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This chapter focuses on the use of information about earthquakes and earthquake-induced landslides, volcanic eruptions, and tsunamis (ocean waves caused by earth movement) to improve development planning in Latin America and the Caribbean.For each hazard the chapter presents physical characteristics, information sources, data available for determining the threat posed, and mitigation measures; Chapter 10 provides a more detailed discussion of landslides.The earlier geologic hazard mitigation is incorporated into the development planning process, the more effective it is. Furthermore, it must be available at the right time, since integrated development planning, if it is to be efficient, operates on a tight schedule.
Estimates of an occurrence of a given hazardous event are probabilistic, based on consideration of the magnitude of an event and its occurrence in time and space.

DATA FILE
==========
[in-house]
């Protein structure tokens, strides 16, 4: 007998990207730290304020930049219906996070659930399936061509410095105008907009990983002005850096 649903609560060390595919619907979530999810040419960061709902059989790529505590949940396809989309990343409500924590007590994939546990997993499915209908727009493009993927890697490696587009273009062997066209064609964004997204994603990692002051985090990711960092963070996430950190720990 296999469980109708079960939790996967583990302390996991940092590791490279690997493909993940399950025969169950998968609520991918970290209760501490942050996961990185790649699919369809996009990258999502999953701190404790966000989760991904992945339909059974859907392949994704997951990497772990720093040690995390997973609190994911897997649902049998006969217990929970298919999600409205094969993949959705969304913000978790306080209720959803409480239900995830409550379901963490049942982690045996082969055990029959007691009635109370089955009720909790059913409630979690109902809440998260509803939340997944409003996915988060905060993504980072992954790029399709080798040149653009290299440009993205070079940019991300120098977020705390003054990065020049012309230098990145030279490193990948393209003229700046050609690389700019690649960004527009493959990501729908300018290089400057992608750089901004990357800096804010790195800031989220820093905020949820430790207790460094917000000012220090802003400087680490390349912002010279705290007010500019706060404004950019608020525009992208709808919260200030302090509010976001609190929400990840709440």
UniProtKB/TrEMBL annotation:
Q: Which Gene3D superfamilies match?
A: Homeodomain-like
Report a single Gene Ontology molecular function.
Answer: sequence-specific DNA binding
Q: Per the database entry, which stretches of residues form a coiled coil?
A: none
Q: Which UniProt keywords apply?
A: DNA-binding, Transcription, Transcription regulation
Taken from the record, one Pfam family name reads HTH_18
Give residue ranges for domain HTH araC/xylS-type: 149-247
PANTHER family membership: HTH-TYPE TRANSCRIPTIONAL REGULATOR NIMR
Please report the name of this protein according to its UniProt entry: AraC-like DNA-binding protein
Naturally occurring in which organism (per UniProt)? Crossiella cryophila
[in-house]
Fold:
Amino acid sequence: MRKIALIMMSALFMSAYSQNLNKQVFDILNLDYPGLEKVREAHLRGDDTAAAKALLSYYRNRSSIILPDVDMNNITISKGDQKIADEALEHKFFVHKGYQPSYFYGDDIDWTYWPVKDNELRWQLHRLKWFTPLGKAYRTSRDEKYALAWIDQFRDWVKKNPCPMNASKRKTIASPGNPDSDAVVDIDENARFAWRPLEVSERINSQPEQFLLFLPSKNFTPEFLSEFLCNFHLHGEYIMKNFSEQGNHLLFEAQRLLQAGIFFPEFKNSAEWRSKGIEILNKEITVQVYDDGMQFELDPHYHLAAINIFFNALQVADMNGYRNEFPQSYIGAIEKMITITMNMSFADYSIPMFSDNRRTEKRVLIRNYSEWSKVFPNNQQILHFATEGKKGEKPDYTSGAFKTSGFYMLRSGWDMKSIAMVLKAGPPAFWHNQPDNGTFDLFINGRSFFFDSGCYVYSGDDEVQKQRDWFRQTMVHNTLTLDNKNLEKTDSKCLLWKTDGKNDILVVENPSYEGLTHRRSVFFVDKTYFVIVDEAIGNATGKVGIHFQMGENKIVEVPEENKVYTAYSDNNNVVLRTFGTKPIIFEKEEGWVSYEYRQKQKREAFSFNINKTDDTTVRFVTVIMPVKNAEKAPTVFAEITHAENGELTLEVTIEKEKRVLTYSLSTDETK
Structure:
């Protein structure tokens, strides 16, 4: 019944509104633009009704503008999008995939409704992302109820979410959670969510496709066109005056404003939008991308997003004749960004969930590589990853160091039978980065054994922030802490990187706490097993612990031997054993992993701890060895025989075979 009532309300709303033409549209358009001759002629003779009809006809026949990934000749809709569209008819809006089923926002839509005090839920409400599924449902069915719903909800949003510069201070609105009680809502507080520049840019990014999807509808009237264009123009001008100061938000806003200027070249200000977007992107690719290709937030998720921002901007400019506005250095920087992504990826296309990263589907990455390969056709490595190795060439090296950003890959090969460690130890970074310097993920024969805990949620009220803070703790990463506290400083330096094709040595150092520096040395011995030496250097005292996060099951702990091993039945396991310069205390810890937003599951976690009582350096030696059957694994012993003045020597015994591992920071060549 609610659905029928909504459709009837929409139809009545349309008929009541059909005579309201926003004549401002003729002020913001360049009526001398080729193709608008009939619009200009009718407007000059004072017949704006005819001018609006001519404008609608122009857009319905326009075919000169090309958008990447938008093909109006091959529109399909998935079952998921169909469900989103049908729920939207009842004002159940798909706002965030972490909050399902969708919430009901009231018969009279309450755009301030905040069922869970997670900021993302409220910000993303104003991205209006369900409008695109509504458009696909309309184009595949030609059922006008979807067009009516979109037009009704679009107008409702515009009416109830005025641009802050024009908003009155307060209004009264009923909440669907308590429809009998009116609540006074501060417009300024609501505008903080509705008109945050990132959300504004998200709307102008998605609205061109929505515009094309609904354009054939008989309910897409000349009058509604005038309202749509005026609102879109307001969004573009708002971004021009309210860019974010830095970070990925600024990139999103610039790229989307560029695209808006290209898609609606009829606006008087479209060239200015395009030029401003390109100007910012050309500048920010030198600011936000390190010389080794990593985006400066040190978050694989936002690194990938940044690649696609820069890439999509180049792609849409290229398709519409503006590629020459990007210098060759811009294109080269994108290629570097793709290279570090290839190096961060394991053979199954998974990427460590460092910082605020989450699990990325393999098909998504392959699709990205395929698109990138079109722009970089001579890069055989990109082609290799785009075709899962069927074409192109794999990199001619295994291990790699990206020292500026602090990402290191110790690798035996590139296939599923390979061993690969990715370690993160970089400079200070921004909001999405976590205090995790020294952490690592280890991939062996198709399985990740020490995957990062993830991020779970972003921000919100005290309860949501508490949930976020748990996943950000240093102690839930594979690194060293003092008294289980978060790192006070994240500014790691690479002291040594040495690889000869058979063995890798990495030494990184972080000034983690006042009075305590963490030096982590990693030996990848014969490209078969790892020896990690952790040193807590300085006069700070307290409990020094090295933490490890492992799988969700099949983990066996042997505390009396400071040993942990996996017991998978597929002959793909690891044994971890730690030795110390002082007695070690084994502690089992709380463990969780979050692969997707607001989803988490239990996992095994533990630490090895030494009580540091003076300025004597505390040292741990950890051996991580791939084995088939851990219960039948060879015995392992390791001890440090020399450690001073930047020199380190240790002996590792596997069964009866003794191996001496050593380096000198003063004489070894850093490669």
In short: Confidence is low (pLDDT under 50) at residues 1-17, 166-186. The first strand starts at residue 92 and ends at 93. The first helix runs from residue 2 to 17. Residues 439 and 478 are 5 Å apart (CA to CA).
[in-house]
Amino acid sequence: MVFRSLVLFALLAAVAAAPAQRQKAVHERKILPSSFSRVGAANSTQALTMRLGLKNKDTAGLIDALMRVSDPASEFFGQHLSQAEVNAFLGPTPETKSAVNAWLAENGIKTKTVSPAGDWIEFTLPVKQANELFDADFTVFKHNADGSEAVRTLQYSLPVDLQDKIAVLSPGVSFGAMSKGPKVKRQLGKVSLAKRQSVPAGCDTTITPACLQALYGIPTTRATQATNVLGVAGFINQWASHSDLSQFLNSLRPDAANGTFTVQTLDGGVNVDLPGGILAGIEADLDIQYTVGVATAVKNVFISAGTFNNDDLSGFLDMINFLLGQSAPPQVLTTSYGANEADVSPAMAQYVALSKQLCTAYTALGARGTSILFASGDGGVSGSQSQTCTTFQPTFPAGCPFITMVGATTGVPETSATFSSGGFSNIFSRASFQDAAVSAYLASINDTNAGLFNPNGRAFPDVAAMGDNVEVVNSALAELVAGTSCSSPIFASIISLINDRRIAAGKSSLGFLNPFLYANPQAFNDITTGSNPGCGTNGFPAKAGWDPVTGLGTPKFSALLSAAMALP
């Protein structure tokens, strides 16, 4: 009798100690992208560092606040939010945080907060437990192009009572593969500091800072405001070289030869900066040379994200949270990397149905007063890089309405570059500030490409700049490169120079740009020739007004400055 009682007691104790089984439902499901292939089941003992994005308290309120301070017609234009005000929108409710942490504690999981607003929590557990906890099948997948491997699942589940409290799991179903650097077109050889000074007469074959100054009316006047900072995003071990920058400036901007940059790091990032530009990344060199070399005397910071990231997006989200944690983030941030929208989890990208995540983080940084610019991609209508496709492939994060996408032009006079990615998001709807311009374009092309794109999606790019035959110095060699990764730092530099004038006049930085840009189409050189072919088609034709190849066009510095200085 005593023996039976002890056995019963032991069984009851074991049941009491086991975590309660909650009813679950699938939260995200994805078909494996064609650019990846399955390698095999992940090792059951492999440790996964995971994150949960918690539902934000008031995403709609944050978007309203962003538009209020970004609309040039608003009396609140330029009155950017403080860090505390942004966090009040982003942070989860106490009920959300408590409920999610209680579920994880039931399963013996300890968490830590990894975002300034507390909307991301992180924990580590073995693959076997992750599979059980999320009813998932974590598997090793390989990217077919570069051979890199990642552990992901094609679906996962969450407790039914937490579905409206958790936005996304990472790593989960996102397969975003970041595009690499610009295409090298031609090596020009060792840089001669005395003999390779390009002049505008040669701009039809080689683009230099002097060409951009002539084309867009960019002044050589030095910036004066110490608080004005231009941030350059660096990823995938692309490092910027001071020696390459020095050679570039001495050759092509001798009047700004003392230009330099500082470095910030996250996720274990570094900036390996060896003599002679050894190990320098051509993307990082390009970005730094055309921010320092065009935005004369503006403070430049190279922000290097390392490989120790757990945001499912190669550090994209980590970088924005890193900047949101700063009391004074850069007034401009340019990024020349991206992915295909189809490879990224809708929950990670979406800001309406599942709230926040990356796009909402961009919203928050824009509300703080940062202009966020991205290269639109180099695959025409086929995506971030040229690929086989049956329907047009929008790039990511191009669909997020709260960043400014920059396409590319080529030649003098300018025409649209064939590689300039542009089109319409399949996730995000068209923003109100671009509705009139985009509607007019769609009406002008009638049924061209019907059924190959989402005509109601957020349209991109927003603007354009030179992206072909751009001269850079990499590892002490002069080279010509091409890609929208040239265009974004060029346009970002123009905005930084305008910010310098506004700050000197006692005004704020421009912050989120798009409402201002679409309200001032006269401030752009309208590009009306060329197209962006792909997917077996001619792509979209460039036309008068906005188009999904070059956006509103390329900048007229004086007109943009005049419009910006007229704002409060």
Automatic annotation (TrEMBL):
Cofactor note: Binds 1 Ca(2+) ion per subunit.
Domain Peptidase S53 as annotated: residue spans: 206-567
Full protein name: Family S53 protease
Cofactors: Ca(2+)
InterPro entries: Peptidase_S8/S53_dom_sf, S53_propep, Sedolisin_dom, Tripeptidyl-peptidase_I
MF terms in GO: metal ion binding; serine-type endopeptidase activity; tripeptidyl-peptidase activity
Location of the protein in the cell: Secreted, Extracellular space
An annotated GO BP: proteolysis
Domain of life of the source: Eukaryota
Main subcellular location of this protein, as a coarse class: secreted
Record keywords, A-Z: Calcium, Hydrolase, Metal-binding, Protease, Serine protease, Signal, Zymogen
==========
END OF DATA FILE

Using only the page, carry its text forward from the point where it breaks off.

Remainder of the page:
Other measures-duration, areal extent, speed of onset, geographic dispersion, frequency-can be anticipated with even less precision.
(In a few areas where known hazards exist, e.g., Nevado del Ruiz, Mt. Helens and the San Andreas Fault, instrumentation has been installed which can give an indication of impending activity.) Tsunamis travel great distances over the open ocean; one triggered off the cost of Peru might hit the coast of Japan 18 hours later, giving reasonable warning time, but the same tsunami would hit the coast of Peru with almost no warning at all.
In addition to speed of onset, geologic hazards also tend to have impacts covering large areas.
Friction produces stress and temperature increases; the subducted rock melts and expands, causing additional stress and upward movement of the magma.